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What Foods Will Keep Your Family Healthy All Winter??

Chicken soup for the common coldThis winter, a whopping 20 percent of Americans will come down with a bad case of the flu. But you don’t have to be one of them…and neither does anyone else in your family! Research shows that, in addition to getting your flu shot, eating certain foods can help you avoid the flu — as well as colds and illness in general. Here’s what to add to your grocery cart.

Yogurt

Probiotics, the healthy bacteria in yogurt, literally crowds out invading bad bacteria that’s trying to get into your system. That’s why, in one study, people who consumed a yogurt drink that contained Lactobacillus reuteri over an 80-day period took 33 percent fewer sick days. To make sure you’re getting a good dose of probiotics, look for the words “live bacteria” and “active cultures” on the label. Bonus: Yogurt is rich in calcium, which is essential for strong, healthy teeth, and most kids love it!

Garlic

This favorite flavor-booster contains allicin, a compound that fights off bacteria. According to a large British study, people who downed a daily garlic capsule for three winter months were two-thirds less likely to catch a cold. If they did get sick, they suffered for about four fewer days. Adding cooked garlic to your food might be even more effective.

Tea

According to a Harvard study, drinking black or green tea can rev up your immune system’s T cells so they destroy bacteria more quickly. And the antioxidants in green tea are great for your teeth. A large Japanese study found that every cup reduces gum inflammation.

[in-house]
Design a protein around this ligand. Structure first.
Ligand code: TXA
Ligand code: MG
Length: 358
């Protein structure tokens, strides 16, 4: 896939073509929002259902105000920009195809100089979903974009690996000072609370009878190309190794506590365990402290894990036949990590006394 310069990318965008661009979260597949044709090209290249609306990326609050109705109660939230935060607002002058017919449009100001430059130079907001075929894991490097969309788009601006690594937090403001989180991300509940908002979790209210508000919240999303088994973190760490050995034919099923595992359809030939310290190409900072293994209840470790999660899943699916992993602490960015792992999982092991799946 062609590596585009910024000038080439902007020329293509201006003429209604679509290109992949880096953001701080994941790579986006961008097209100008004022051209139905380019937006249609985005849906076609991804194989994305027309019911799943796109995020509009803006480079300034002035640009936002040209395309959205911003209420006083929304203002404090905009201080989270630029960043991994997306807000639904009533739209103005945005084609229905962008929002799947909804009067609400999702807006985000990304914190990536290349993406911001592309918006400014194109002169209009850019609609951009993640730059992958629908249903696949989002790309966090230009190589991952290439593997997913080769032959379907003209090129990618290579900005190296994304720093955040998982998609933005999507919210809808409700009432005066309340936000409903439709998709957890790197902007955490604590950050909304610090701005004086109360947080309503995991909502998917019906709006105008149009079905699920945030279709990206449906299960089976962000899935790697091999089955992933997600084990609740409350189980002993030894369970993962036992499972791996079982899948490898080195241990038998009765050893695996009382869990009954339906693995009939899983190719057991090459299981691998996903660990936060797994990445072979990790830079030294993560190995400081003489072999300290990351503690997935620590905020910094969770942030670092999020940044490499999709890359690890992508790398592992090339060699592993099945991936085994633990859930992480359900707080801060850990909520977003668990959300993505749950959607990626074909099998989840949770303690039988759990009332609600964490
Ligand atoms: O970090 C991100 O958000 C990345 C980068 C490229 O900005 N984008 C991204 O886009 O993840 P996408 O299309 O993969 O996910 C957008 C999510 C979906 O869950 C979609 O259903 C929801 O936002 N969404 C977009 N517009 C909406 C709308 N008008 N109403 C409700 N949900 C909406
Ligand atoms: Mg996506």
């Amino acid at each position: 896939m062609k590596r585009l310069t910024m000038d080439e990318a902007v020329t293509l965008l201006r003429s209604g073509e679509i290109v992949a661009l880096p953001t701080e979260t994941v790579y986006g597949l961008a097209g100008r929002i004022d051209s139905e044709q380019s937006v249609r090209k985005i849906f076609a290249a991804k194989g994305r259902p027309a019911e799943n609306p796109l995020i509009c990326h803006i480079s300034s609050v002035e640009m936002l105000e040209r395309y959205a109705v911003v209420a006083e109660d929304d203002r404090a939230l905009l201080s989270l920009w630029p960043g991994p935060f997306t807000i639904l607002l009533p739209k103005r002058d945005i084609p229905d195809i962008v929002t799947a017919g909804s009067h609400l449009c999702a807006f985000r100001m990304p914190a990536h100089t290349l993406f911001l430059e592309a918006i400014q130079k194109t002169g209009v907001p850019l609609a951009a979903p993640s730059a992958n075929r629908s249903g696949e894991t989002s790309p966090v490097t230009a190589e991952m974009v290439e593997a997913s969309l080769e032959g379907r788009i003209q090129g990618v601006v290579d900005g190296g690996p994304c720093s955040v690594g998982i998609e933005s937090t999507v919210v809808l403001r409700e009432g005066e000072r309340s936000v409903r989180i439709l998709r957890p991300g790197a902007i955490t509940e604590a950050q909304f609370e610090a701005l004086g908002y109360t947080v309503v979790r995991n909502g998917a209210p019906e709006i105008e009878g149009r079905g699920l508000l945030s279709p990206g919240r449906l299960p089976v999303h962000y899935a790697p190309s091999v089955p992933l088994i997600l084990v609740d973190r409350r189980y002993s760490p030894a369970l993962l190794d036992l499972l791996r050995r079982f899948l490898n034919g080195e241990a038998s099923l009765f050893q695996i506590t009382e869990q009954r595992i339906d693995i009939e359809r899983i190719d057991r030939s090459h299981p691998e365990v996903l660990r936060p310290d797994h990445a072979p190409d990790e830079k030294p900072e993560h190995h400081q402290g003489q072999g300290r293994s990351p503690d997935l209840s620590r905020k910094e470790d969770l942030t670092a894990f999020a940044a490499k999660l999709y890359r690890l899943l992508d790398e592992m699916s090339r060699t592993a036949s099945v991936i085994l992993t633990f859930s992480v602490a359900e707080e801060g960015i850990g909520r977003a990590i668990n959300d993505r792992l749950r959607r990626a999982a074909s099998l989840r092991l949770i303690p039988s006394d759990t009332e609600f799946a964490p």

Salmon

Omega-3 fatty acids, found in this flavorful fish, help cells remove toxins and take in nutrients more efficiently. And a recent study published in the Journal of the American Dietetic Association found that people who consumed the most omega-3s decreased their risk of gum disease by 22 percent.

Chicken Soup

Don’t wait until someone in your family is sick to serve up some soup. Cysteine, an amino acid released from chicken during cooking, helps calm the usual over-the-top response your immune system has to cold germs that causes many of the worst symptoms from a stuffed-up nose to a wracking cough. And it doesn’t have to be homemade. A University of Nebraska study published in Chest found that most supermarket brands prevented and alleviated cold symptoms just as effectively. On a cold winter day, think hot bowl of soup.

Arts & Crafts and Poison Control: How to Keep Kids Safe

Did you ever notice how delicious some of those colored markers smell? Ever tempted to taste one? Ok, admit it…you’d never do it, but still you can’t say you haven’t at least thought about it. So, can we blame the 4 year old who thinks that the blueberry marker might just taste as good as it smells?

Unfortunately we sometimes forget that those pretty colored paints and crayons and markers look and smell so good because they’re made up of chemicals that are designed to make them look and smell good. And because little kids are attracted to bright, colorful things, and love to touch and taste (who doesn’t), we need to be extra cautious to make sure that glues, paints, crayons and other arts and crafts supplies are handled with care.

According to the Minnesota Poison Control: In a single year, the nation’s 57 poison control centers received more than 35,000 calls about exposures to art products; of these, more than 26,000 calls concerned children younger than 6. And the Virginia Poison Center highlights this list of art supplies to keep an eye on: